Wednesday, May 21, 2008

Disbarred Lawyer’s Request Denied

In Massachusetts, you can't even work as a courthouse janitor if you're a disbarred attorney, as it should be. This one stole from his own cousin, who asked him for help when her husband died in a car accident.

Disbarred lawyer’s request denied - Quincy, MA - The Patriot Ledger: "BOSTON — A former Quincy lawyer who was disbarred for stealing from clients, including $172,513 in life insurance benefits meant for a Marshfield widow, will not be allowed to work as a paralegal in his daughter’s law firm in Whitman.
The Board of Bar Overseers of the Supreme Judicial Court has turned down a request by John S. Marani to work for his daughter, Jennifer L. Fearnley.
Marani was disbarred in May 1998. In 2000, he pleaded guilty in Norfolk Superior Court to stealing more than $170,000 from his cousin Dianne Caristi of Marshfield, who had asked him for legal help following the death of her 51-year-old husband in a car crash."

Thursday, May 15, 2008

NFPA Tech Institute Early Bird Registration Extended

For those who haven't registered for the NFPA Tech Institute, the early bird registration deadline has been extended to May 22!

In brief, the Tech Institute will be held July 25th and 26th at the Doubletree Hotel Denver-Southeast in Aurora, Colo. Participants will take advantage of educational seminars, as well as a vendor track. Technology products and services will also be featured in an interactive trade show.

Mary Mack, corporate technology counsel for fios, inc., will deliver the keynote speech on Friday. Mack is one of the leading speakers and authors on electronic discovery issues, technology and the law. She is co-author of the popular book, "A Process of Illumination: The Practical Guide to Electronic Discovery," and hosts the blog, "Sound Evidence," featured on

Saturday, May 10, 2008

Paralegals up North Finally Get Some Respect from Lawyer Competitors

Despite the controversy, some paralegals view the Law Society of Upper Canada's new regulation of paralegals, in effect as of May 1, as a very good thing. While paralegals working independently will need to adopt new stationary, new business cards, and even new business names, the benefits are definitely worthwhile.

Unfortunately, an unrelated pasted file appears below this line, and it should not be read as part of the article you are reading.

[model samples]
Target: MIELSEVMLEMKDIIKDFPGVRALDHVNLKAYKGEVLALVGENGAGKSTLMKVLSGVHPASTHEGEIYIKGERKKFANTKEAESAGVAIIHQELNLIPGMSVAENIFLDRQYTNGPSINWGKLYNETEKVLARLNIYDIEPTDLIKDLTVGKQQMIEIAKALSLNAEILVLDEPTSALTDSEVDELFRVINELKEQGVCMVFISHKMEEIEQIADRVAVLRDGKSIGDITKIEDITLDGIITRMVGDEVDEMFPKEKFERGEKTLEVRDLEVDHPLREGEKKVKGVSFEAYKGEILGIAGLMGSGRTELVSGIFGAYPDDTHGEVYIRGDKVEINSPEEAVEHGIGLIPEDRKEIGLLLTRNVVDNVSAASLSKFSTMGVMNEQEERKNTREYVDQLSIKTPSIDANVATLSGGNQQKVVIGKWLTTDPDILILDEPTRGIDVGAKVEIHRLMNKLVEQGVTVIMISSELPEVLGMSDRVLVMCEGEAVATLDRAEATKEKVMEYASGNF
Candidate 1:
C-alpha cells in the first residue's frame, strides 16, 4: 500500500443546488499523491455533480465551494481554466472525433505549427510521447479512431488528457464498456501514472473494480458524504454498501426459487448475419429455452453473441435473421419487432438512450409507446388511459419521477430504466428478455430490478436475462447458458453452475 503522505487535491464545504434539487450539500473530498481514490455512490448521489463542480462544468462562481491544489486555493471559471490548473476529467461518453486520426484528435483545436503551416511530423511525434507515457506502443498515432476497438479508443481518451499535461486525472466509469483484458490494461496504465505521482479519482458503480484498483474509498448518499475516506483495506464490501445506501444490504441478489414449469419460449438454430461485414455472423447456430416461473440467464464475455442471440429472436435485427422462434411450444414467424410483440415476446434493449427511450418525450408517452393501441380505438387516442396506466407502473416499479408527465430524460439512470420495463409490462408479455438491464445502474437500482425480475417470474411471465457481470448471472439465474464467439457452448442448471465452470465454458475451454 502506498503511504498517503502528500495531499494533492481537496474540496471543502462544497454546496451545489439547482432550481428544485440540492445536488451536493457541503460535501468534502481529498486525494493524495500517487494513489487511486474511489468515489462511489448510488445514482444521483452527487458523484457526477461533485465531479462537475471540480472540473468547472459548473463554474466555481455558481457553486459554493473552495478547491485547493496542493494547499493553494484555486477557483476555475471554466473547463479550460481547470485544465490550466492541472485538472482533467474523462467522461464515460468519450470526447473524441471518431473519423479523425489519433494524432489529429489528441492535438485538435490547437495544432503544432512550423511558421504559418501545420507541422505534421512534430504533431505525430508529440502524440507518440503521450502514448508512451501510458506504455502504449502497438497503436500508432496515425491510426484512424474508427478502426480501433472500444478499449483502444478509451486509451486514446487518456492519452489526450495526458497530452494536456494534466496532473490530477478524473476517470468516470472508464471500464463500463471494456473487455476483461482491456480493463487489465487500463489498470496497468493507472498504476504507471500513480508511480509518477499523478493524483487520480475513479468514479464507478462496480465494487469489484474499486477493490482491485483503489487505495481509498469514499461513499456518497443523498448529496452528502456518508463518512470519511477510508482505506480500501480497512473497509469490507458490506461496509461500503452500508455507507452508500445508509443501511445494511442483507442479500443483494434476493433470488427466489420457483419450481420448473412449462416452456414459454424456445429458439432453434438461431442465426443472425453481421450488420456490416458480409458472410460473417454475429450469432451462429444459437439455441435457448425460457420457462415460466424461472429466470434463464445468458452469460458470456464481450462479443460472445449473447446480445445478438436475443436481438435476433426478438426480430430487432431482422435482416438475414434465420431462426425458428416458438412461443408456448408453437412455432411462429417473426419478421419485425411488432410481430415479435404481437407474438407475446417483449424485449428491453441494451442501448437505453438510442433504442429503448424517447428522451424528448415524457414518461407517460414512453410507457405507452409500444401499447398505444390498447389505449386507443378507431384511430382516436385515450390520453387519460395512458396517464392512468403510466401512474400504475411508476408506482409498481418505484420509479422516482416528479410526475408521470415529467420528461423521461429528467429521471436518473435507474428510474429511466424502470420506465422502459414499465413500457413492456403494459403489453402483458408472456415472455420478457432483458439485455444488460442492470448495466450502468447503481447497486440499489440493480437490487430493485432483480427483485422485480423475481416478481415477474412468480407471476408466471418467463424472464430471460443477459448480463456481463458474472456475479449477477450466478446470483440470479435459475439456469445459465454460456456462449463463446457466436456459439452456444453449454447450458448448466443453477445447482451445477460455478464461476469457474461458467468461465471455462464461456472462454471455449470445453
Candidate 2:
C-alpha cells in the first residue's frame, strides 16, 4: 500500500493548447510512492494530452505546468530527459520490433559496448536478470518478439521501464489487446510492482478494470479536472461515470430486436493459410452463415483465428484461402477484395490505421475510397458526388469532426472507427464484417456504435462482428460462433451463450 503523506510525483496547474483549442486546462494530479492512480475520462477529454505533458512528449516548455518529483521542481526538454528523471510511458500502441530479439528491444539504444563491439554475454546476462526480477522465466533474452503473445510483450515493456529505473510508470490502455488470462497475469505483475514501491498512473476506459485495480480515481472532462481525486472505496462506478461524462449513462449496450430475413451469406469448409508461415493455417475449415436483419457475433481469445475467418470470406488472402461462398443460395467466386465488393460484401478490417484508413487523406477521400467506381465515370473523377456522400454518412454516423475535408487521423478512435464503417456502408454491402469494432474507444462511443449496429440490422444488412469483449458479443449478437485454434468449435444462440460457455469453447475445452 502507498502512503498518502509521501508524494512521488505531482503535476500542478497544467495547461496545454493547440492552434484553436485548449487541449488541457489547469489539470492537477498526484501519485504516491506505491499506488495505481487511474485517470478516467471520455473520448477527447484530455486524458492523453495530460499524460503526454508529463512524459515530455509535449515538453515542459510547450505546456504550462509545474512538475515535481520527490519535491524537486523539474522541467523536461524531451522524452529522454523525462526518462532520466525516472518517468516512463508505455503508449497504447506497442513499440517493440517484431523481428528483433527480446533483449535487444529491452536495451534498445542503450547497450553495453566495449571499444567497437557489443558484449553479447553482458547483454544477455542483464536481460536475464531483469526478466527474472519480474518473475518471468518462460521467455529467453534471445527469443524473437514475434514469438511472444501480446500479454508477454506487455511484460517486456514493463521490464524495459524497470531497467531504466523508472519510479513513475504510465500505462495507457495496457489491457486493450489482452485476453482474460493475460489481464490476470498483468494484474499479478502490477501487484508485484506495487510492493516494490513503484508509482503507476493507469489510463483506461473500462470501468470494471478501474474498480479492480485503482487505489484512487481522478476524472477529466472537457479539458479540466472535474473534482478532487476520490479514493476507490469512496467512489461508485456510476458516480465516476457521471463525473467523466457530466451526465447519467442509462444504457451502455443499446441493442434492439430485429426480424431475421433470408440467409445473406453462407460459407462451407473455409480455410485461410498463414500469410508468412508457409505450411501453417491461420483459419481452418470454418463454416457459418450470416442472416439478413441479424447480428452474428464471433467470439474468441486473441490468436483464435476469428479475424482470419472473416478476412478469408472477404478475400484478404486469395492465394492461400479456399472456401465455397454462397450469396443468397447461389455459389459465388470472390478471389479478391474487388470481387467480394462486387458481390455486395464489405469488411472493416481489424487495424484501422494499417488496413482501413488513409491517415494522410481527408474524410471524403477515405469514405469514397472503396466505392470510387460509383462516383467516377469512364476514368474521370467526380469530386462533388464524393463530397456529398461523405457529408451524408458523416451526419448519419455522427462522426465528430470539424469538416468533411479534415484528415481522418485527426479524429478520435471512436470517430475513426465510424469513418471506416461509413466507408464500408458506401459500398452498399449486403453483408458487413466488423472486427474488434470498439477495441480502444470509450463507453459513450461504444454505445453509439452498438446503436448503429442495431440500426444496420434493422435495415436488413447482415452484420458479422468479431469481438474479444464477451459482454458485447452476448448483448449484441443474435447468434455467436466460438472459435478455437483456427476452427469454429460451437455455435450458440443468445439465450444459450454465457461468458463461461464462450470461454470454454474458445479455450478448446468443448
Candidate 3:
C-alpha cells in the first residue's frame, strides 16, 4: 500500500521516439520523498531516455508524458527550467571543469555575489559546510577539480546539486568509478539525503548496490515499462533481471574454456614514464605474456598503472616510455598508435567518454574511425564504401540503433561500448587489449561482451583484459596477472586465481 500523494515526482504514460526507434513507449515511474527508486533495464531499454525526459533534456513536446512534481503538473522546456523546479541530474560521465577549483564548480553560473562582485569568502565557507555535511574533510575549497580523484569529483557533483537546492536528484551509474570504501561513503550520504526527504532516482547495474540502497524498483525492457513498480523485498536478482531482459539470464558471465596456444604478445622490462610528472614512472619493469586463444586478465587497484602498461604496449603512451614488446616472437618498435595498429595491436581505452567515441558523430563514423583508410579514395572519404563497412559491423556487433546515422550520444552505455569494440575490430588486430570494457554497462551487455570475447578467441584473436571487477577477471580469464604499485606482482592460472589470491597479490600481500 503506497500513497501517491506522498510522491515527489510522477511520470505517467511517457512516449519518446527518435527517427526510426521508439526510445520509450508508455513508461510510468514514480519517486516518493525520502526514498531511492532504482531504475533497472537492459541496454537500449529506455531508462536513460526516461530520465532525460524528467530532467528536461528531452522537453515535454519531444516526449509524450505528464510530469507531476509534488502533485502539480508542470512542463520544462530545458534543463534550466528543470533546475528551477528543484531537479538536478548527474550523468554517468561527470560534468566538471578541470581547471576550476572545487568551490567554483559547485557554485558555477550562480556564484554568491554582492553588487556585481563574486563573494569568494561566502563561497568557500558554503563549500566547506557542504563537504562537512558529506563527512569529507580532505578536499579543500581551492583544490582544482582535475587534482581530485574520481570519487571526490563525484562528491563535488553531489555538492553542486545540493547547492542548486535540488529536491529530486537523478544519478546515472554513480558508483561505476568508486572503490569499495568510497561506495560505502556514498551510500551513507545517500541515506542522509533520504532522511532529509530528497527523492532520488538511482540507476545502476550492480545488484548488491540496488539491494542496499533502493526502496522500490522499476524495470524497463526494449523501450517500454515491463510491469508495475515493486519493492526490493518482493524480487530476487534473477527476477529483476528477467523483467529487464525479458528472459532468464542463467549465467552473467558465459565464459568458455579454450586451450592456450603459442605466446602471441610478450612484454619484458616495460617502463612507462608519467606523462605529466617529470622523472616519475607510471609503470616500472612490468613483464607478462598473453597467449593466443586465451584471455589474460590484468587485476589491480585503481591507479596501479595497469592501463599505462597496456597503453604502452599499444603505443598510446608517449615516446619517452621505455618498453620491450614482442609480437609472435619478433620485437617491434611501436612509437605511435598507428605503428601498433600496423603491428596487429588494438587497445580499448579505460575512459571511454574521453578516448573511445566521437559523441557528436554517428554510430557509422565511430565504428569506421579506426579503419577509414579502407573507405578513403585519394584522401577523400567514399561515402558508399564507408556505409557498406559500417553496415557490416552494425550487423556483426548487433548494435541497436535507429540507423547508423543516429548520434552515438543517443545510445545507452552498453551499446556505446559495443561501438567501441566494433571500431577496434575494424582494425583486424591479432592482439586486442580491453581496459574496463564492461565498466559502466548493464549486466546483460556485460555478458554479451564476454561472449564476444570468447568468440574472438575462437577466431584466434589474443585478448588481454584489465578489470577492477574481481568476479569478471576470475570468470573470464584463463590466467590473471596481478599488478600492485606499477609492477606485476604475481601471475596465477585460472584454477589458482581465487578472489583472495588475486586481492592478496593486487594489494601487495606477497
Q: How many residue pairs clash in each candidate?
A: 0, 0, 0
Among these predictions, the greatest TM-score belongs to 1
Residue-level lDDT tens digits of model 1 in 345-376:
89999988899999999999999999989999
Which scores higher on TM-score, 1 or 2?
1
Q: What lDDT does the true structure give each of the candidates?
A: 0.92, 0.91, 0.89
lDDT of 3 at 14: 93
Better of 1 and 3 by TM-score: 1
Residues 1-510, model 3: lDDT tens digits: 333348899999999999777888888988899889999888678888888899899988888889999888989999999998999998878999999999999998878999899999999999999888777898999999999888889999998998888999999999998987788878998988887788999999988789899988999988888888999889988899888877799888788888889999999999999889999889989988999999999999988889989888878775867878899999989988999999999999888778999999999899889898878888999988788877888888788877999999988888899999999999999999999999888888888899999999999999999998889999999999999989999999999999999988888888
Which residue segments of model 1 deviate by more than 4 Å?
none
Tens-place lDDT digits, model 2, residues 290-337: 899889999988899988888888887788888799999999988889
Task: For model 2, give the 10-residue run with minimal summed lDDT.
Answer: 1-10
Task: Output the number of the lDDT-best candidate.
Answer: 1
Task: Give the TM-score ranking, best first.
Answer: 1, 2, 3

Ontario's decision to give lawyers the job of licensing and disciplining their lower-priced, lesser-trained competitors has been controversial, certainly among the paralegals.

But, despite the $1,725 cost and time required to qualify to do the same job as before, despite the $845 annual fee to the law society and the $2,400 for new accounting software, [paralegal Gary] Spector has decided "it's a good thing."

"It adds legitimacy to our profession, for what we are doing," he says. "I think it will give us a better relationship with insurers in terms of trust and responsibility."


Monday, May 5, 2008

Bates Stamps' Days May Be Numbered

Who else cheered upon reading that headline?

A document-based data model, rather than a page-based approach, eliminates the text extraction and image creation steps from the processing stage and cuts the cost of that process in half. Documents become available in the review platform much faster -- as imaging often accounts for as much as 90 percent of the time to process. This enables early case assessment without any processing, by simply dragging and dropping a native file or a PST straight into the application -- which cannot be achieved with the page-based batch process.

Source: Legal Technology - Bates Stamps' Days May Be Numbered

Thursday, May 1, 2008

Paralegal by Day, Roller Girl by Night

Jamie Taylor, 29, a paralegal by day in Everett, Washington, is a Jet City Rollergirl - and not the type that curl your hair literally.

Taylor skates in roller derby, that high-contact, slamming sport. To be sure, there's a show aspect -- how else do you earn the nickname "Ivana Hurtya"? -- but when they're competing, it's pure sport. Taylor is known as Precious N Metal, and she has sustained injuries as a part of roller derby: she has a plate and six screws in her ankle.

But she loves it:

"I work in an office," said Taylor, the paralegal, "and derby is an opportunity for me to express that part of myself that I don't get to do in my everyday life. It's an outlet for this part of my personality to come out."

There is also a bond of friendship, even among players from rival teams.

"There's nothing like a group of women getting together and sweating and bleeding and beating the crap out of each other, and then hugging afterward," Taylor said. "When you go through pain together … a different kind of thing happens than when you're just playing softball.

"There's a camaraderie," she said. "And a big part of derby is sisterhood. It's by women, for women."

(Source: HeraldNet)

Law Day

Today, May 1, is the 50th Anniversary of Law Day.

Here is a note from the American Bar Association:

Fifty years ago President Eisenhower proclaimed the first Law Day a "day of national dedication to the principle of government under law." The ABA invites you to celebrate this enduring principle during the 50th anniversary of Law Day. Law Day 2008 will explore the meaning of the rule of law, fostering public understanding of the rule of law through discussion of its role in a free society.